02 Jan

As I look back on the previous year’s progress, I’m left with the wish I’d accomplished more. Each year I start out strong and accomplish some things before life invariably gets in the way, sometimes as early as mid-January.

I’ve been a New Year’s resolution fanatic for decades, always eager to wipe the slate clean and make another run up that huge mountain to that imaginary pinnacle where I’ll feel satisfied. Lists, meditations, planners, intention-setting workshops—all are tools I’ve used to chart my projected path. New Year’s is my favorite holiday—and not just for the champagne or midnight kissing. It’s the sense of renewal I savor. There is nothing better than a newborn baby of a year, fresh and unsullied, its entire life, or at least 365 days, ahead.

Us humans have been practicing the resolution ritual for several hundred years, so I guess there’s something about it that we find useful. Resolutions represent hope and possibility, and in our downer times, dealing with climate grief and a pandemic stretching into eternity, we may need them more than ever.

Our society is obsessed with success, so it’s no wonder we’re all so obsessed with success. Making money, being famous, making your mark. We only have one life to life, and as the party line goes, we must life it to the fullest. Half full is a failure, half empty even worse.I’ve known for a long time that I’m goal oriented and driven. One of those people who looks forward to completing tasks in order to move on to other tasks. I’m wedded to the idea of progress. It’s been my religion. But as I’ve grown older and wiser, I’ve come to realize that progress is an artificial construct, or that progress can be measured in myriad ways. And that at its root, the pursuit of progress stems from a vague feeling of inadequacy.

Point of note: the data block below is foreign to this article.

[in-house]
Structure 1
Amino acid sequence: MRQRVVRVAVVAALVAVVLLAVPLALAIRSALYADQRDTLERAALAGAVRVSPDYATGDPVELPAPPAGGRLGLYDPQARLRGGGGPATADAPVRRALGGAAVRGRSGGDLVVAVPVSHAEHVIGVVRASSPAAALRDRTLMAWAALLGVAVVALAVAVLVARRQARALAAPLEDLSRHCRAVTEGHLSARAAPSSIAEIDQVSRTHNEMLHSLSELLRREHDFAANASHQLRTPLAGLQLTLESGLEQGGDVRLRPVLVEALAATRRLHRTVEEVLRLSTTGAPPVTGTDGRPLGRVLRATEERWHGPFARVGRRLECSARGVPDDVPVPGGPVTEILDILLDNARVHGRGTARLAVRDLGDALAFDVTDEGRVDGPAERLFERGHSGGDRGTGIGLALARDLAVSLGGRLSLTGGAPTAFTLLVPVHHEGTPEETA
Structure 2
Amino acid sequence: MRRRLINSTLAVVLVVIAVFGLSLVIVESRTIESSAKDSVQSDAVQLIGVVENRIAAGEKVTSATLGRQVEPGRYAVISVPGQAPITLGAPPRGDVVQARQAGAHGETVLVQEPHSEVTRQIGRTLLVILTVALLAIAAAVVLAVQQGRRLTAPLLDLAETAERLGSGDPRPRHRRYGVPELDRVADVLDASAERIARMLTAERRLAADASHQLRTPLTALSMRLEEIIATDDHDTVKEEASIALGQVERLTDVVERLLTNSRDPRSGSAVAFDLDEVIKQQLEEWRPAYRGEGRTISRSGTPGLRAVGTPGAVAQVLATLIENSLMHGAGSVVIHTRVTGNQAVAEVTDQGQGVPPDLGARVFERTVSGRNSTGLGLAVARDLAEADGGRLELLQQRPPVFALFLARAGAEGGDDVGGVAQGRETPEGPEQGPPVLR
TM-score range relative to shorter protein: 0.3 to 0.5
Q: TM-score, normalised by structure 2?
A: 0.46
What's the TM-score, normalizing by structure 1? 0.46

The pandemic has made me slightly less obsessed with progress. With more than 800,000 Covid deaths in the U.S. alone, I’m pretty much grateful to still be alive. I’m grateful for a roof over my head and food to eat, for friendships and family, creative pursuits and time to relax. And yet….There’s still something that drives me. Mainly to write everything I want to during this lifetime. And I like to think it has nothing to do with social influences or some obsession about accomplishing things. It’s more deeply rooted than that. Writing is just the thing I love most, the thing I can spend an infinite time doing and come away satisfied.

I’ve made my living as a writer most of my life. Making a living as a writer requires compromises—writing about things that are uninteresting, writing in formulaic structures and voices, stringing together sentences to make word counts or the rent or mortgage. All my working life, I’ve hoped there would come a time when I’d have the freedom to write what I want, ie, write without financial pressure. Take some risks. That freedom probably won’t come until I hit retirement. Until then, the act of juggling a full-time job with writerly dreams will continue. Getting up at 5 to write before work. Writing faster (this blog took less than an hour!) Trimming back the time wasted watching silly videos or staring out the window. And so, this year I will not focus as much on resolutions, will just keep doing what I’m doing, and celebrate what I have been able to accomplish. Because that is more than enough.

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